The Evolution of the Military Challenge Coins

It’s curious — I just watched an episode of Criminal Minds where Morgan gives a child a military challenge coin, but I’ve never seen it even mentioned in TV shows specifically dealing with the military.  Yet, the challenge coin is very much a product of the military.

When I arrived at my duty station, my squad leader gave me a challenge coin for the battalion our company was under. He said was part of the espirit de corps about being in the military:

“But more commonly, military coins have become a symbol of affiliation that’s used to boost morale, foster esprit de corps, and honor service.”

It was kind of cool because on the back was a place where he would pay to have my initials engraved.  The coin itself was the size of a medallion and all one color, quite heavy and sturdy.  Later coins, as technology progressed, have color elements, or even different shapes.  I later got a September 11 one shaped like the Pentagon.

Military Coin Check

One of the things my squad leader told me was that I should carry the coin with me at all times.  Anyone could “coin” me to see if I had it.  If I couldn’t produce the coin, then I owed push ups or a six pack of beer.

One day, I wandered into my platoon sergeant’s office and happened to notice when he opened a drawer that the coin was inside.  Being the bad private I was, I went back and told my squad leader.  He waited until the platoon sergeant was outside of the office and coined him.  Of course, the platoon sergeant didn’t have a coin and ended up owing a six pack.

Change to how military coins were handed out

From the time I came in the military to about a year and half later, what the army did with the coin evolved into something quite different.  The next time I saw coins given out, it was during Desert Storm, after the ground war had started.

They were given in place of giving a military award.  I remember at the time thinking that the military was being awfully cheap with the awards if they were using coins instead.  More likely, it was because the awards were something would help a soldier get promoted, and as a default, all soldiers participating in Desert Storm started out with five awards.  It’s possible the leadership saw this as balancing things out.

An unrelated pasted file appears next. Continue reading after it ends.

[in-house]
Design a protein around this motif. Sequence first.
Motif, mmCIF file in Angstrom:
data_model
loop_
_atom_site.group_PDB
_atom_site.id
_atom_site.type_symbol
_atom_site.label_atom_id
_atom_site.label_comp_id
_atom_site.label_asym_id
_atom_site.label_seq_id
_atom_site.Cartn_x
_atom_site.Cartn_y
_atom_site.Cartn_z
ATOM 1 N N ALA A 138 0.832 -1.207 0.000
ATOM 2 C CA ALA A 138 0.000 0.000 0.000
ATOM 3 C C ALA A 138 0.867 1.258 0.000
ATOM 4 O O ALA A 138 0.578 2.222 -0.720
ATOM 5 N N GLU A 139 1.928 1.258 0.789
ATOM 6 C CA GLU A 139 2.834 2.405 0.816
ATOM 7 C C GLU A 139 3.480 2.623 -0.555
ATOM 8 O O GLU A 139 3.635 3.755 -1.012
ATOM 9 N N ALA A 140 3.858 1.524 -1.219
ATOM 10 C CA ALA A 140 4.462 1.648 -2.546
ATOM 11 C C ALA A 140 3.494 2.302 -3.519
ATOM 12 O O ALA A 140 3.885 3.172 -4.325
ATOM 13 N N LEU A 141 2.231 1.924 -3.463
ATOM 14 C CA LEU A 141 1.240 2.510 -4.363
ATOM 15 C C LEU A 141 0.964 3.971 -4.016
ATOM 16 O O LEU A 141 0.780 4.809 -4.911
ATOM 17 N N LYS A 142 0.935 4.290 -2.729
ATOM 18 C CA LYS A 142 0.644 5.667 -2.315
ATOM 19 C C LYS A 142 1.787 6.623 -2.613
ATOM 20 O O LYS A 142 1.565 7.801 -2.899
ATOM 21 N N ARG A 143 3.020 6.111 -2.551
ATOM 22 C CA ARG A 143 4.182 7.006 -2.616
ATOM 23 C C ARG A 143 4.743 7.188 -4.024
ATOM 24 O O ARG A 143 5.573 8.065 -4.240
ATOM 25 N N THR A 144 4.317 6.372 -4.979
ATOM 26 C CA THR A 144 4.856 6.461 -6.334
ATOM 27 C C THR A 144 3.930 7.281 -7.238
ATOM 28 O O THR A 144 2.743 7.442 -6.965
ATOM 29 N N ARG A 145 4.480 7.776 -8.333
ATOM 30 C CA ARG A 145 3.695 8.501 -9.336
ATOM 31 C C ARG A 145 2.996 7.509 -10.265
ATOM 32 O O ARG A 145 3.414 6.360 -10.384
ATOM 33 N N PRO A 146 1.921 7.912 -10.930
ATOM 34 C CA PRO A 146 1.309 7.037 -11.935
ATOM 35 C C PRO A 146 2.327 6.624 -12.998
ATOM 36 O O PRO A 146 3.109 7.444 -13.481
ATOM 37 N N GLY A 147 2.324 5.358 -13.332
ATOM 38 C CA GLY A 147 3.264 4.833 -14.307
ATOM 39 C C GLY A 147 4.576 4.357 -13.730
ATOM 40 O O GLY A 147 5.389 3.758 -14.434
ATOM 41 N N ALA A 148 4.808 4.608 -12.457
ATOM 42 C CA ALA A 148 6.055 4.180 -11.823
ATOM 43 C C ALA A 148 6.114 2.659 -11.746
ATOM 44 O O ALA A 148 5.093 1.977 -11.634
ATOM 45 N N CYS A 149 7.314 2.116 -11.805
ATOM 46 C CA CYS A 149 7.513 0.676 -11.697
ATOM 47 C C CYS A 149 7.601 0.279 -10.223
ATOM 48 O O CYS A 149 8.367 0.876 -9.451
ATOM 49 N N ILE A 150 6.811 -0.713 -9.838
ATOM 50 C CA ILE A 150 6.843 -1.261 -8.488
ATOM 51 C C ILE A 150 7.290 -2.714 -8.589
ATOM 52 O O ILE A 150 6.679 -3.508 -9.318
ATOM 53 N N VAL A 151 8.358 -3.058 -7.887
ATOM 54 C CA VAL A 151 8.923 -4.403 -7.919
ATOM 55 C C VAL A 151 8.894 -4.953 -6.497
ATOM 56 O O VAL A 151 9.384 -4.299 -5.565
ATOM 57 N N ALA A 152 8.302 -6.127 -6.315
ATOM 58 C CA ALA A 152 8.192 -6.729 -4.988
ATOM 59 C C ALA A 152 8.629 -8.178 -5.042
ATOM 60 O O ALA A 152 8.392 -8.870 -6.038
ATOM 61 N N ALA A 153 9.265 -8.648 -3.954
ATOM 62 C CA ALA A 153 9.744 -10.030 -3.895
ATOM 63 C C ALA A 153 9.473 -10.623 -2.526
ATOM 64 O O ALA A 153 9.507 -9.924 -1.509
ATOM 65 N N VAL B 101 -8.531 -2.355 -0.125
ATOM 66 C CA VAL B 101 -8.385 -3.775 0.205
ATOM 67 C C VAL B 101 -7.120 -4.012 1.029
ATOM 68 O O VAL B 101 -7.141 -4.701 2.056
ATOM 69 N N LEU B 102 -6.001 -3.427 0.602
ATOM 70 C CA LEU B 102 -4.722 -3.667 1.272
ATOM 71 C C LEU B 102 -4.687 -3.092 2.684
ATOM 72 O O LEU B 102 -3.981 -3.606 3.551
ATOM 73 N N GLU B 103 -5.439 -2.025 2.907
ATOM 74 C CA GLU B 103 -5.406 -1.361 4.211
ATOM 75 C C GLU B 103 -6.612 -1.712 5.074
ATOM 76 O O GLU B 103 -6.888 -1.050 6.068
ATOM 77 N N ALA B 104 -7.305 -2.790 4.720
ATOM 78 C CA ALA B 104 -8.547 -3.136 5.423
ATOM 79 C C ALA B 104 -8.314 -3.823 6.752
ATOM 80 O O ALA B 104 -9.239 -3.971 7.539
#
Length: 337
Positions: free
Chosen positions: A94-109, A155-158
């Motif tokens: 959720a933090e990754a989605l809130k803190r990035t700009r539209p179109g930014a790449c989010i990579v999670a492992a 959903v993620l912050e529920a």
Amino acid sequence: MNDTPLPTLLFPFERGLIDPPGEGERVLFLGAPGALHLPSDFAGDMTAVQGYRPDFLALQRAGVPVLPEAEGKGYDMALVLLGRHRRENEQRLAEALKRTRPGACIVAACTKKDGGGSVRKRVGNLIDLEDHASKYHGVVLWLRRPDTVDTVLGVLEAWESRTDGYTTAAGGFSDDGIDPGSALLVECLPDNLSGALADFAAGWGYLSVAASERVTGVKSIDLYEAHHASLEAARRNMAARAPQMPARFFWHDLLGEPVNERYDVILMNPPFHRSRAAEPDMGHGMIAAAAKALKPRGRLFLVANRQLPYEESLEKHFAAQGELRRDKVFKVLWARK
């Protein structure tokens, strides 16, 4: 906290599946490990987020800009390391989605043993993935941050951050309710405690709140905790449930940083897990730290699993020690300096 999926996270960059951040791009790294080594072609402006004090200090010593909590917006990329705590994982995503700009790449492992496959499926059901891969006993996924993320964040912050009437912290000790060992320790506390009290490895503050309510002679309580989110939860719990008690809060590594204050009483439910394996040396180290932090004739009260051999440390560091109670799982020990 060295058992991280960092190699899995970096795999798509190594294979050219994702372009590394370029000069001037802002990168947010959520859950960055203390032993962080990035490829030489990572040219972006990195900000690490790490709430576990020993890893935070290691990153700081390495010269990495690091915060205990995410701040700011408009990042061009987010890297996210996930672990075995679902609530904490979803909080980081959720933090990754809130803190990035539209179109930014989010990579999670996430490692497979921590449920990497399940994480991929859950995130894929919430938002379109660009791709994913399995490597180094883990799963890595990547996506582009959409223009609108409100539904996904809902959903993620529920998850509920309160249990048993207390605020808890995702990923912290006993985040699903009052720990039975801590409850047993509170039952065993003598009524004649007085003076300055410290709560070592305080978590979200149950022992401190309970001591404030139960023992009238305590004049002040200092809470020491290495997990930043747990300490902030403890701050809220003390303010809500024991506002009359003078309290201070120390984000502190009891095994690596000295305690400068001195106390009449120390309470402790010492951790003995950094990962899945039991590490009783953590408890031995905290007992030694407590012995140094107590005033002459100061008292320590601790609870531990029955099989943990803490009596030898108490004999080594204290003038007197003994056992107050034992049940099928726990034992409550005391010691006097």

From that time, while I was in the military, challenge coins were never given out to me again because I was part of a squad or company.  However, I was given them as an award, and I also purchased some.  It was a really big deal to get one from a flag officer, which was a general or an admiral.  They’ve also been adopted by police departmentsfire departments, and  government agencies — check out the spy coin from the CIA.  You can even find them for some corporations and universities.

Because, honestly, they’re pretty cool anyway.

7 thoughts on “The Evolution of the Military Challenge Coins

  1. I saw them on NCIS once. Dinozzo is explaining it to Ziva, after they meet SECNAV the first time. “One of the sailors would call for a coin, and everyone would pull these out. They’re a way to see who’d rubbed shoulders with the highest brass, and all the sailors would buy a round for whoever had the highest coin.” Ziva looks at him funny, and he flips it to her. “Let’s just say you’ll never have to pay for a drink in a navy bar ever again,” Tony tells her. She looks it over, and it’s got the Secretary of the Navy’s seal stamped on it. That’s the only ID SECNAV gets in the episode.


  2. Lisa Love

    I’d never heard of these during the 8 years I was in the Navy. They don’t even make ones for either my first ship or the rate I worked in. And my first coin? My hubby just brought it home for me from an amateur radio convention – celebrating the ARRL’s 100th anniversary. I guess it works, since he was instrumental in me getting licensed.


  3. Many readers may not even know what a “challenge coin” is, or how they are used within the modern-day military ranks, but their use is highly prevalent in many website which have to be usedful for every one. thanks


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